Close Close
Popular Financial Topics Discover relevant content from across the suite of ALM legal publications From the Industry More content from ThinkAdvisor and select sponsors Investment Advisor Issue Gallery Read digital editions of Investment Advisor Magazine Tax Facts Get clear, current, and reliable answers to pressing tax questions
Luminaries Awards

Financial Planning > Behavioral Finance

LPL Expands D.C. Presence After Quitting FSI

Your article was successfully shared with the contacts you provided.

LPL Financial (LPLA) said this week that it is opening an office near Capitol Hill in Washington, D.C., several months after ending its membership in the industry lobby group for independent broker-dealers, the Financial Services Institute. 

“In the past, LPL has relied more significantly on FSI because we did not have a Washington, D.C. office or a state government relations program. This is no longer the case. LPL has now invested significant resources to build our own government relations function and to establish our own voice on positions and issues that matter to us,” explained LPL spokeswoman Lauren Hoyt-Williams in a statement.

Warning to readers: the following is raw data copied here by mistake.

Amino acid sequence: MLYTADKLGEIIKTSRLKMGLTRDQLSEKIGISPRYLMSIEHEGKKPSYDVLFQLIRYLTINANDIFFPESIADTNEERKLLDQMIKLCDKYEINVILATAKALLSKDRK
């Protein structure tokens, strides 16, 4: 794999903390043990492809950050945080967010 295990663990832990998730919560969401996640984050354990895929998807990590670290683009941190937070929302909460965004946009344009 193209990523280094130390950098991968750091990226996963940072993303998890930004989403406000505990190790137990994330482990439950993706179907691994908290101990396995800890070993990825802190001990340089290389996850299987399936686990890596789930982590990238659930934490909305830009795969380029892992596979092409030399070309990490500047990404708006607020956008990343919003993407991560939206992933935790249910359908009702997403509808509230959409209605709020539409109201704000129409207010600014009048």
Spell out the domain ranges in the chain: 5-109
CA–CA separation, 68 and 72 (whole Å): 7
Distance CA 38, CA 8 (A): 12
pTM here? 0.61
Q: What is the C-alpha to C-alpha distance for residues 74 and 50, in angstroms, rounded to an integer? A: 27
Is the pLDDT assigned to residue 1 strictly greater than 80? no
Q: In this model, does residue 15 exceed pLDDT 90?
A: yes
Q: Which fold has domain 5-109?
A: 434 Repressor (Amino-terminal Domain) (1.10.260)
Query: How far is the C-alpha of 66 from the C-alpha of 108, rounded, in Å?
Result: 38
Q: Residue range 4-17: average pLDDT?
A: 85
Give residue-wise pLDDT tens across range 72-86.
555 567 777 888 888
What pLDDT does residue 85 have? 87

(The news of the break with FSI was first reported Wednesday by RIABiz.)

LPL’s move in the nation’s capital comes two years after it hired Nicole Petrosino to join its government relations team as a VP and head of its federal lobbying efforts. The IBD insists that opening an office near Capitol Hill and representing itself in Washington, D.C., is a logical extension of its overall lobbying efforts as a major player in the broker-dealer space.

“With the Great Recession and Dodd-Frank [legislation], we knew we were at a point where as a firm and as an industry leader … we felt we should be speaking out and having a seat at the table from a leadership perspective,” said Peggy Ho, head of government relations for LPL, in an interview. “We started investing in our government-relations efforts in 2009-2010 and working more with industry groups.”

The IBD set up a political action committee in 2010, Ho says, and then organized a government-relations team within its legal department, hiring a staff member in the Washington, D.C. area, to complement the work of another LPL employee there.